The Corner

What’s Wrong with Piketty’s Answer To Inequality

A lot has been written about the new book by Thomas Piketty on income inequality. Let’s leave aside the question of whether inequality is really growing out of control as he claims it is, or the idea that the main reason inequality has increased is that the return to capital has been greater than the general growth in the economy (that’s the “r > g“).

I have an issue with his prescription that all that’s really needed is a global wealth tax (meant to destroy some wealth at the top) to lower the rate of return on capital as a means of controlling income inequality. But if everyone recognizes that people who own wealth are in a better position than those who don’t, and that this advantage is cumulative over time, why not try to increase access to capital for more people, especially for those in the bottom, rather than try to hammer the ones at the top?

For instance, while I don’t necessarily endorse all these policies, here are a few ways to improve access to capital for middle- and lower-income Americans:

  • Encourage more employers to offer 401(k)-style retirement plans to their employees
  • Encourage 401(k) automatic enrollment
  • Expand the saver’s credit
  • Reform Social Security to make it a system of real savings for every Americans (as suggested here)
  • Change the deduction for tax-deferred savings into a capped tax credit so that lower-income Americans can take advantage of the tax benefits of savings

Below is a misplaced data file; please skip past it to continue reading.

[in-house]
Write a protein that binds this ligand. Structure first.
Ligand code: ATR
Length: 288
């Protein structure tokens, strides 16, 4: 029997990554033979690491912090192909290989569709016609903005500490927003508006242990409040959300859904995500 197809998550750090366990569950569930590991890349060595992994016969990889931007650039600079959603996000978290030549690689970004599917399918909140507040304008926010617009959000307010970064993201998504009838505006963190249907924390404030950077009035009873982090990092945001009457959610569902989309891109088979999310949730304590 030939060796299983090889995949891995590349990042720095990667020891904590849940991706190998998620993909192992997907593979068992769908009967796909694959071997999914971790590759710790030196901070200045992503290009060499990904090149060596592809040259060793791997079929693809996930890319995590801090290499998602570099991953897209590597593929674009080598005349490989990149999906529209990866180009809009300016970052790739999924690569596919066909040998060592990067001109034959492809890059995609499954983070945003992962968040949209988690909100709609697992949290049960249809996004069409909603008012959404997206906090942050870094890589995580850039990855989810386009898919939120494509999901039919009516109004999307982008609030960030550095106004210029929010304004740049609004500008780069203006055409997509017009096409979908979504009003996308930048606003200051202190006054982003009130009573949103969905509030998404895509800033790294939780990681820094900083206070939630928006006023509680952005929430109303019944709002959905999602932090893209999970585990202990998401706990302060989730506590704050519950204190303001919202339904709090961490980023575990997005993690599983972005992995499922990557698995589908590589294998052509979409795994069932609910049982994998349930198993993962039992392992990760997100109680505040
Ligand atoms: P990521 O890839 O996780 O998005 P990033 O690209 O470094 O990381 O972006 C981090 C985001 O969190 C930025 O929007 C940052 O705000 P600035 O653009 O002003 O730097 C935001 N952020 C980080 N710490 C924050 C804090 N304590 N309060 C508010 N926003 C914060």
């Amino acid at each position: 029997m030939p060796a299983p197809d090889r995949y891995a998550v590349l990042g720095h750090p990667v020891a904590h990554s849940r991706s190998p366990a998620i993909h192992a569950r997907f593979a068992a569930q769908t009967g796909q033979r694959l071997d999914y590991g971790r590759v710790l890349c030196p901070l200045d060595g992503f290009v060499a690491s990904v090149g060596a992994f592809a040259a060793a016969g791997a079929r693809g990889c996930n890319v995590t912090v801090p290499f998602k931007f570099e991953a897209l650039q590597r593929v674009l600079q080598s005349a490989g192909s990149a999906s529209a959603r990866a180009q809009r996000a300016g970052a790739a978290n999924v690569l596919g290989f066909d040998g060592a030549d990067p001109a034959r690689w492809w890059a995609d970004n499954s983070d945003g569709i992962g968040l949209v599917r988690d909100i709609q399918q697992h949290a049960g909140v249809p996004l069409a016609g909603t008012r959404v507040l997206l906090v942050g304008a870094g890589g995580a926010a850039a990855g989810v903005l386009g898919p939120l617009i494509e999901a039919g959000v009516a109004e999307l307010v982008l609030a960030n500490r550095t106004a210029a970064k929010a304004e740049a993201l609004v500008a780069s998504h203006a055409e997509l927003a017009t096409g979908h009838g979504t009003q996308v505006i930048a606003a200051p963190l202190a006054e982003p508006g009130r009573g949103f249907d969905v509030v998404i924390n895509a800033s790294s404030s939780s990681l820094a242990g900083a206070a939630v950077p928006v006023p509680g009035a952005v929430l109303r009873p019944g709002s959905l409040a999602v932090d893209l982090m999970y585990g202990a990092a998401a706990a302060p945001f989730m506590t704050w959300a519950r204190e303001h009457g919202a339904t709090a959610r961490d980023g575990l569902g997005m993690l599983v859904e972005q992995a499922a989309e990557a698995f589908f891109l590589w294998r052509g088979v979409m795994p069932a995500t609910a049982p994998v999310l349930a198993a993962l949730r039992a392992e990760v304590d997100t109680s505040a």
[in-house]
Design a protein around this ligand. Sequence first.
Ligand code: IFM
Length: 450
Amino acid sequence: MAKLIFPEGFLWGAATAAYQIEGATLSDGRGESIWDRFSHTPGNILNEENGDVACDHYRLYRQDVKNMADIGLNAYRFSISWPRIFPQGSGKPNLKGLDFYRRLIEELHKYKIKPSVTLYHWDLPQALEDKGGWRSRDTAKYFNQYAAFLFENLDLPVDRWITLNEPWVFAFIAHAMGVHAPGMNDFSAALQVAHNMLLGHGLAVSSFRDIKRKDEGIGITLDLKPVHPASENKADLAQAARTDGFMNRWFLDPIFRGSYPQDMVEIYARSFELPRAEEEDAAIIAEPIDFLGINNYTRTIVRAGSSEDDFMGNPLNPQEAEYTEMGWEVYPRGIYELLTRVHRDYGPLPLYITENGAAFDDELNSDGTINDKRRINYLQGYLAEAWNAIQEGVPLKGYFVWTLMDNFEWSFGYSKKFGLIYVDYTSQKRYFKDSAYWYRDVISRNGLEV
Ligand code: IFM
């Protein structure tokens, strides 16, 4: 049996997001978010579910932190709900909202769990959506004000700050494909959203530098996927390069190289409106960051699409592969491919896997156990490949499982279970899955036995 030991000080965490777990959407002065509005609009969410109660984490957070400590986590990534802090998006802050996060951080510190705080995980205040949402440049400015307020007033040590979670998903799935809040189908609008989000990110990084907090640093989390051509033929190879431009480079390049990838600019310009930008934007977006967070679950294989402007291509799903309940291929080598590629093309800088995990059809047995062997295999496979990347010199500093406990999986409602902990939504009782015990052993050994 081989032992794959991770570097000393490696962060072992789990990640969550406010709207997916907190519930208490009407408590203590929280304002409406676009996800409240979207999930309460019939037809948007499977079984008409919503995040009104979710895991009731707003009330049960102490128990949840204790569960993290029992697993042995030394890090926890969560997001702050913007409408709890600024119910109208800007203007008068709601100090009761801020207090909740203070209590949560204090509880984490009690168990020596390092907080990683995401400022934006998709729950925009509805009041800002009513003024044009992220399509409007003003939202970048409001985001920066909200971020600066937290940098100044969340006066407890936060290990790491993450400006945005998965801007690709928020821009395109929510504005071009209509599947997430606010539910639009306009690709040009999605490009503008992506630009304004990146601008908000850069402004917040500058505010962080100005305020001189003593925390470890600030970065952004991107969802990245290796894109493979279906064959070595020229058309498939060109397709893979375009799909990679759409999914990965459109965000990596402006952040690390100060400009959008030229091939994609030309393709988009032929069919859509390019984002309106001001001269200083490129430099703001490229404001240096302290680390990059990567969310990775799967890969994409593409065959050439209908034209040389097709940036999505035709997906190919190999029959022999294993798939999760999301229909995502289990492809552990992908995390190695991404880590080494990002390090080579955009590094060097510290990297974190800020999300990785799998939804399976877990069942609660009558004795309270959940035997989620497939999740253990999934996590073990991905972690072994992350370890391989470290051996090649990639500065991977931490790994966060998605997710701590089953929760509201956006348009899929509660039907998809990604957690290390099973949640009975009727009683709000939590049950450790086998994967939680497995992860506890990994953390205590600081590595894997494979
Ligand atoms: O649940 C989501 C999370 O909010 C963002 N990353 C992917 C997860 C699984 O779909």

• Encourage more of the unbanked into banking (for instance, some have suggested allowing the Postal Service to partner with traditional banks to offer banking for lower-income unbanked Americans; others, like Jim Epstein at Reason, have suggested other ways to serve the unbanked, such as eliminating price controls and allowing banks to run lotteries.)

Again, I am not endorsing all of these, and I’m sure that there are many more ways to help middle- and lower-income Americans have access to capital and increase savings. Moreover, obviously having access to better-paying jobs (that doesn’t mean increasing the minimum wage) and increasing income mobility at the bottom would go a long way to helping with this problem too. How to do that? Getting rid of occupational-licensing laws and allowing low-income kids to get out of the dismal public schools by giving them school vouchers would also be important first steps. 

The bottom line: If capital is leading to inequality, then we should devote public policy to finding ways to remove the barriers to capital formation and saving that affect lower-income families, provide better targeted incentives for them to save and invest (not increase their level of personal debt), rather than distracting ourselves with trying to reduce the rate of return on capital, which will only hurt everyone. 

This won’t be easy, and it won’t appeal the soak-the-rich advocates. But it would have an actual positive impact on middle- and lower-income people in a way just destroying rich people’s wealth wouldn’t.

Veronique de Rugy — Veronique de Rugy is a senior research fellow at the Mercatus Center at George Mason University.

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